1 Knowledge and Process Management Volume 11 Number 3 pp (2004) Published online in Wiley InterScience (www.interscience.wiley.com). DOI: /kpm.201 & Research Article Technological Utilization for Knowledge Management Sandra Moffett 1, Rodney McAdam 2 * and Stephen Parkinson 3 1 School of Computing and Intelligent Systems, University of Ulster at Magee, UK 2 School of Business Organisation and Management, University of Ulster at Jordanstown, UK 3 Leeds Business School, Leeds Metropolitan University, UK The aim of this paper is to explore the role and contribution of new information communication technologies in the emerging field of knowledge management (KM). There is much confusion in the literature, and in organizations, as to what role technology has within the field of KM. This quandary has led to the danger that organizations could spend large amounts of time, money and other resources on inappropriate technology in support of their KM efforts. The paper presents the classification of KM technology tools under the headings of collaboration, content management and business intelligence. This paper also seeks to clarify how KM technologies have been applied in organizations in recent years. Overall, the paper presents an overview of current literature and practical technological adoption and application in the KM field. Copyright # 2004 John Wiley & Sons, Ltd. INTRODUCTION Knowledge management (KM) seeks to develop a strategy for the capture, use and transfer of knowledge across the organization in order to improve efficiency and increase competitive edge (Demerest, 1997). It is concerned with embracing a diversity of knowledge sources and cultivating knowledge wherever it resides. Technology can be viewed as both a key contributor to and enabler of the field of KM (Davenport and Prusak, 1998). This perspective is related to technological-based ability to capture data, information and knowledge that surpasses human capacity in absorbing and analysing these in a focused way (Shenk, 1997). Richards, (1998) further supports this point: *Correspondence to: Rodney McAdam, Professor of Innovation Management, Room 01K15, School of Business Organisation and Management, University of Ulster, Jordanstown Campus, Shore Road, Newtownabbey, County Antrim, BT37 0QB, UK. Our technological capability has outpaced our social capability. This makes us look like social incompetents in charge of increasingly under utilised knowledge. However, this statement is not a new revelation. In the words of Albert Einstein: It has become appallingly obvious that our technology has exceeded our humanity. As technological developments become more advanced in application and utilization, it is emerging that employees who have access to technologies that detect and manage business opportunities will have the distinct advantage of exploiting market shifts. Martin (1998) emphasizes this point: Human expertise is amplified by computers. Software is an encapsulation of knowledge. Knowledge, constantly renewed and enhanced, is the primary source of competitive advantage. Although the technological arena has received much publicity in recent years, confusion still exists over its implications for KM. One of the Copyright # 2004 John Wiley & Sons, Ltd.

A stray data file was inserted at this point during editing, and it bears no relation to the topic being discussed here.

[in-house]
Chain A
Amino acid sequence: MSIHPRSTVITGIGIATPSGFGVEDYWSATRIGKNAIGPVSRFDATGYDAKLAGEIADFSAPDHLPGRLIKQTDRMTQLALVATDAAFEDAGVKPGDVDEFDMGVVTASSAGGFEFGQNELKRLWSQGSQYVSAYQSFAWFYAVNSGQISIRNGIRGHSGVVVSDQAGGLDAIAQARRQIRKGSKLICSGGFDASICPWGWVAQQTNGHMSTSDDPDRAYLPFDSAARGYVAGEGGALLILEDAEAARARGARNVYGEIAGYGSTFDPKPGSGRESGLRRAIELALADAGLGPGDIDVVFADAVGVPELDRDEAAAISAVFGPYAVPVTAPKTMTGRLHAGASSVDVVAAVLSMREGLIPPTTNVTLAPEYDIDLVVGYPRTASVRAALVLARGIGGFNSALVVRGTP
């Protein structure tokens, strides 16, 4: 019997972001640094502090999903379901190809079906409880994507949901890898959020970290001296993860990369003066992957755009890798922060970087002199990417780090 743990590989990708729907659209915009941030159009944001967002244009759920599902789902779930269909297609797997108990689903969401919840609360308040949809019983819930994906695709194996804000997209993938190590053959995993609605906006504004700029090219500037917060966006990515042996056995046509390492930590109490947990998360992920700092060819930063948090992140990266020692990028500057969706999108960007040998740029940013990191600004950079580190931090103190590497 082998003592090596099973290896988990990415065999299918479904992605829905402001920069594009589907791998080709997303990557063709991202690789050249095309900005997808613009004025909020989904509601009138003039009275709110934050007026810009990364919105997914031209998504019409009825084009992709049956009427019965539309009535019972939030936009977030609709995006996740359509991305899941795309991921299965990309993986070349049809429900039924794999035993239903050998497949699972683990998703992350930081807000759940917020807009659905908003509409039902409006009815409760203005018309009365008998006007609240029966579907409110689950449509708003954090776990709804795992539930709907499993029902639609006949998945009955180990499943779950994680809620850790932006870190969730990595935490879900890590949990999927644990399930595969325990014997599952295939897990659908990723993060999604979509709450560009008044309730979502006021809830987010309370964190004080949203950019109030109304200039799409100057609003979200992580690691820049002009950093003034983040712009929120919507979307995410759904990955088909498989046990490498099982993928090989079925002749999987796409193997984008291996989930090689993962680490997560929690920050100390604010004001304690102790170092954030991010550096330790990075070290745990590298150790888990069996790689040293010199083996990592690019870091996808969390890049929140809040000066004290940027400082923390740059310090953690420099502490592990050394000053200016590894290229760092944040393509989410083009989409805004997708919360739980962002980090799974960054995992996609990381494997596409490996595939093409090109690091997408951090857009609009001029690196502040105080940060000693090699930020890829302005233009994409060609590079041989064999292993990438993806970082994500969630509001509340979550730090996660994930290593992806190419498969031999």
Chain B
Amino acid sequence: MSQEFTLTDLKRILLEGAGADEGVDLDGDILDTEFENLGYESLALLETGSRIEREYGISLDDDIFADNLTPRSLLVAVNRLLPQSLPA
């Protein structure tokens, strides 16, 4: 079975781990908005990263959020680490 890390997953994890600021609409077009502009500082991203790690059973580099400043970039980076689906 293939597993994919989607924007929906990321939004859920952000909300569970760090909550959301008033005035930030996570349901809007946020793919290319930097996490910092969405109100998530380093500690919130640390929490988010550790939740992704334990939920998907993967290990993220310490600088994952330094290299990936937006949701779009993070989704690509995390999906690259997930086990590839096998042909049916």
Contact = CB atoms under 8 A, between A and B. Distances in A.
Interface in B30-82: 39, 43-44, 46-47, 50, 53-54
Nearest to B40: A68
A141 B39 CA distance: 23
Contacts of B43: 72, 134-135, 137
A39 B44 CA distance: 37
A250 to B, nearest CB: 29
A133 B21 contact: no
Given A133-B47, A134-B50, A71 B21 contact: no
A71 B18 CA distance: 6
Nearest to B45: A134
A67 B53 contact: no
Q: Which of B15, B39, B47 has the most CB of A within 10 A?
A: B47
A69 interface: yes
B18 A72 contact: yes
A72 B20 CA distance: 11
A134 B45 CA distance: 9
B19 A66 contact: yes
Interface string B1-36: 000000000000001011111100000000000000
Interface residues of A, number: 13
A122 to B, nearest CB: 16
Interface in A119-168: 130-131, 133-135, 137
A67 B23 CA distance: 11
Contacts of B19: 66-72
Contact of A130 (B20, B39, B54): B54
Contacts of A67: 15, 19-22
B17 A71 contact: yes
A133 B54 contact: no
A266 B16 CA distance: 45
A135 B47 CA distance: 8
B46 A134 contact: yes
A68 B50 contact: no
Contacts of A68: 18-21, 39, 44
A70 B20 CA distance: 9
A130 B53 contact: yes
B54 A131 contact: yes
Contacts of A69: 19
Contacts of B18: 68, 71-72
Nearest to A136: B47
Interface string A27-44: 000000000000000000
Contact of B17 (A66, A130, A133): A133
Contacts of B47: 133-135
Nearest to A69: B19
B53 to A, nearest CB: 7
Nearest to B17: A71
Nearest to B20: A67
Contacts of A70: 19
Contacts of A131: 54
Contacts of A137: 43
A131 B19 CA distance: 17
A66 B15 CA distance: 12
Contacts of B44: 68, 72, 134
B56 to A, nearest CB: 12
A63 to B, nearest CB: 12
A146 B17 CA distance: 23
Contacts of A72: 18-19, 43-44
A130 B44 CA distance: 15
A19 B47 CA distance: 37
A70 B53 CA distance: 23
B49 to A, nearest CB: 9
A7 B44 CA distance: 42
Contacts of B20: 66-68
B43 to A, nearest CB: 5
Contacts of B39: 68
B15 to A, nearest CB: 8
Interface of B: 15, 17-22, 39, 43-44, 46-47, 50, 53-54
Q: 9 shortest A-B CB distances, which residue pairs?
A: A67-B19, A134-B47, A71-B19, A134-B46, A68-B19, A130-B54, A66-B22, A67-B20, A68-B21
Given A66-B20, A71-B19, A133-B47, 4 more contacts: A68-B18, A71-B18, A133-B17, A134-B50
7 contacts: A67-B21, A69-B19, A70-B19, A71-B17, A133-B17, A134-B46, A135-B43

2 RESEARCH ARTICLE main reasons for this has been the repackaging of existing software applications under the KM label. While KM technologies may incorporate characteristics of traditional data and information technologies, they extend these capabilities. Knowledge technologies attempt to push users to think beyond their current boundaries, thus facilitating organizational activity, promoting continuous improvement and growth through innovation. There is also an issue regarding KM technologies and the quandary of how to distinguish between knowledge and information (Malhotra, 1998). Svieby (1997) recognizes that this confusion has caused managers to sink billions of dollars into information technology ventures that have yielded marginal results. This misconception, linked to extensive press coverage suggesting that increased investments in new information technologies will result in improved business performance, has led practitioners to be sceptical (Malhotra, 1998). This scepticism causes managers to question the degree of technological involvement required for successful KM programmes. This aim of this paper is to explore the contribution that new information communication technologies (ICTs) make to the field of KM. The paper investigates the enhancement of knowledge activities through the application of technological tools. Firstly, a number of tools designed for KM are presented under the headings collaboration, content management and business intelligence. Secondly, the results of empirical research concerned with technical climate and application is presented. The paper concludes with a discussion of key issues uncovered by the research. INFORMATION COMMUNICATION TECHNOLOGY Explicit and systematic management of knowledge has emerged as a result of several developments, including that of ICT. Technology within KM can be seen to have evolved through three phases, namely mainframe, personal computer (PC) and networking (Davis, 1984; Abecker et al., 1987; Peppard, 1993; Sprague and Watson, 1996). While the three phases are cumulative and interdependent, the latter has become the dominant model, offering a widely interconnected macro-environment that influences business opportunity and strategy (Ward and Griffiths, 1996; Wiseman, 1986). Contributory factors to this evolutionary process include: standardization which gave rise to new customizable, technological mass markets; Knowledge and Process Management operating systems functional within familiar, easy-to-learn environments through the use of graphical user interfaces (GUIs); a shift from bespoke applications to new generic software tools that are customizable by the user; significantly reduced IT costs thus allowing individuals and small to medium sized enterprises [SMEs] to participate in the technological revolution; networks that provide accessible and empowered channels of communication; An overall increase in ICT literacy. In today s knowledge-intensive organizations the primary objective of ICT is to lead users to the information they need. This includes creating, gathering, storing, accessing and making available the right information that will result in the developments of insight for the organization s users (Davenport and Prusak, 1998). Thus, the pervasive use of information technology in organizations qualifies it as a natural medium for information flow (Borghoff and Pareschi, 1999). The main challenges facing organizational change and development are threefold: first, knowledge discovery; second, corporate collaboration; and third, rapid decision making (Curley, 1998). In addition, recent infrastructure changes have made a significant and positive impact on an organization s ability and desire to manage knowledge. Thus, companies need to comprehend the extent to which knowledge can be shared throughout an organization. A study from the American Productivity and Quality Center (1997) highlights this point. Results from the study indicate that organizations embarking on KM initiatives feel that a suitable IT infrastructure must be established to enable them to successfully accomplish their goals. Martin (1998) shares this viewpoint: The cybercorp needs a knowledge infrastructure to capture and create knowledge, store it, improve it, clarify it, disseminate it and put it to use. At the other end of the spectrum, fear is expressed that IT-oriented initiatives will end up by objectifying and calcifying knowledge into static, inert information with complete disregard to the human element of KM (Svieby, 1997). Liebowitz (1999) contributes to this view by identifying what he considers to be the incorrect linking of KM to the field of information systems (IS), thus neglecting the crucial role of individuals in knowledge activities. The correct stance of IT within the KM arena should be as an integrator of communications 176 S. Moffett et al.